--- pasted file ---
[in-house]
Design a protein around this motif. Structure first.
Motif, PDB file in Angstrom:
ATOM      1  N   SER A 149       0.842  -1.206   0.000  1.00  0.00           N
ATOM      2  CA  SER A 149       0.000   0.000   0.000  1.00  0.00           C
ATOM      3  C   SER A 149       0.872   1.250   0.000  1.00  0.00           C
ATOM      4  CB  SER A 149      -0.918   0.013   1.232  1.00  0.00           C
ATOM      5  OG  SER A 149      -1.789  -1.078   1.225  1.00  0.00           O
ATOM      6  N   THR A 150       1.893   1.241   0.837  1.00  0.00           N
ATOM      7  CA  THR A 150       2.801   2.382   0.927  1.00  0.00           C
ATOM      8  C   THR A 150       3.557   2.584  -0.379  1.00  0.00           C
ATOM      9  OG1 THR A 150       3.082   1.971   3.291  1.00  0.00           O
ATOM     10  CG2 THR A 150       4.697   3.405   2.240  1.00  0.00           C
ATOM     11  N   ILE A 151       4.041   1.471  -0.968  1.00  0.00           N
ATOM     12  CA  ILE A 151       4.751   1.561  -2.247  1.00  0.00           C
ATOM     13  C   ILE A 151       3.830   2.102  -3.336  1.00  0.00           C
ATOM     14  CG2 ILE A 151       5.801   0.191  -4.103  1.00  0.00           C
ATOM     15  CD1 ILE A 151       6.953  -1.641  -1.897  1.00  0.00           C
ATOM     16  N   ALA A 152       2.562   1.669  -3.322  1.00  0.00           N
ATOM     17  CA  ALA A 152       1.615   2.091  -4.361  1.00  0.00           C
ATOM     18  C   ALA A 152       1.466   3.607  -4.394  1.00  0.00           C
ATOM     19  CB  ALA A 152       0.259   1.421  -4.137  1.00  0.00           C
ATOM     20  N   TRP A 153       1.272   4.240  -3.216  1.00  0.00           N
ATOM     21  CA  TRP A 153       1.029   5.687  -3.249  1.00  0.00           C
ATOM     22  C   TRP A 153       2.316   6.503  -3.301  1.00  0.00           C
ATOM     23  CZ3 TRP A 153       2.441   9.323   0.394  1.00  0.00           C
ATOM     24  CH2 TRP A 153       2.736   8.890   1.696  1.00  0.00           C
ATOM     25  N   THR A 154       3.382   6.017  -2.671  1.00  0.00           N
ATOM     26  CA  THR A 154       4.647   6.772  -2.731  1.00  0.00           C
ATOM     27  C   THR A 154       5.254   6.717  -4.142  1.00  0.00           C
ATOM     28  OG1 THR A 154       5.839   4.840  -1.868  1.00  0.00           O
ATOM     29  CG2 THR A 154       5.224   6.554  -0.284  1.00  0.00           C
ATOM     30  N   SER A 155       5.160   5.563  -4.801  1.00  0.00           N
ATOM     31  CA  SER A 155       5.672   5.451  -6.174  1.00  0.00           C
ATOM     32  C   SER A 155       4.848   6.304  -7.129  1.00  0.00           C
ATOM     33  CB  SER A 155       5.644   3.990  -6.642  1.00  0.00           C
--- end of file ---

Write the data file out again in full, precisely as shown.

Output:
[in-house]
Design a protein around this motif. Structure first.
Motif, PDB file in Angstrom:
ATOM      1  N   SER A 149       0.842  -1.206   0.000  1.00  0.00           N
ATOM      2  CA  SER A 149       0.000   0.000   0.000  1.00  0.00           C
ATOM      3  C   SER A 149       0.872   1.250   0.000  1.00  0.00           C
ATOM      4  CB  SER A 149      -0.918   0.013   1.232  1.00  0.00           C
ATOM      5  OG  SER A 149      -1.789  -1.078   1.225  1.00  0.00           O
ATOM      6  N   THR A 150       1.893   1.241   0.837  1.00  0.00           N
ATOM      7  CA  THR A 150       2.801   2.382   0.927  1.00  0.00           C
ATOM      8  C   THR A 150       3.557   2.584  -0.379  1.00  0.00           C
ATOM      9  OG1 THR A 150       3.082   1.971   3.291  1.00  0.00           O
ATOM     10  CG2 THR A 150       4.697   3.405   2.240  1.00  0.00           C
ATOM     11  N   ILE A 151       4.041   1.471  -0.968  1.00  0.00           N
ATOM     12  CA  ILE A 151       4.751   1.561  -2.247  1.00  0.00           C
ATOM     13  C   ILE A 151       3.830   2.102  -3.336  1.00  0.00           C
ATOM     14  CG2 ILE A 151       5.801   0.191  -4.103  1.00  0.00           C
ATOM     15  CD1 ILE A 151       6.953  -1.641  -1.897  1.00  0.00           C
ATOM     16  N   ALA A 152       2.562   1.669  -3.322  1.00  0.00           N
ATOM     17  CA  ALA A 152       1.615   2.091  -4.361  1.00  0.00           C
ATOM     18  C   ALA A 152       1.466   3.607  -4.394  1.00  0.00           C
ATOM     19  CB  ALA A 152       0.259   1.421  -4.137  1.00  0.00           C
ATOM     20  N   TRP A 153       1.272   4.240  -3.216  1.00  0.00           N
ATOM     21  CA  TRP A 153       1.029   5.687  -3.249  1.00  0.00           C
ATOM     22  C   TRP A 153       2.316   6.503  -3.301  1.00  0.00           C
ATOM     23  CZ3 TRP A 153       2.441   9.323   0.394  1.00  0.00           C
ATOM     24  CH2 TRP A 153       2.736   8.890   1.696  1.00  0.00           C
ATOM     25  N   THR A 154       3.382   6.017  -2.671  1.00  0.00           N
ATOM     26  CA  THR A 154       4.647   6.772  -2.731  1.00  0.00           C
ATOM     27  C   THR A 154       5.254   6.717  -4.142  1.00  0.00           C
ATOM     28  OG1 THR A 154       5.839   4.840  -1.868  1.00  0.00           O
ATOM     29  CG2 THR A 154       5.224   6.554  -0.284  1.00  0.00           C
ATOM     30  N   SER A 155       5.160   5.563  -4.801  1.00  0.00           N
ATOM     31  CA  SER A 155       5.672   5.451  -6.174  1.00  0.00           C
ATOM     32  C   SER A 155       4.848   6.304  -7.129  1.00  0.00           C
ATOM     33  CB  SER A 155       5.644   3.990  -6.642  1.00  0.00           C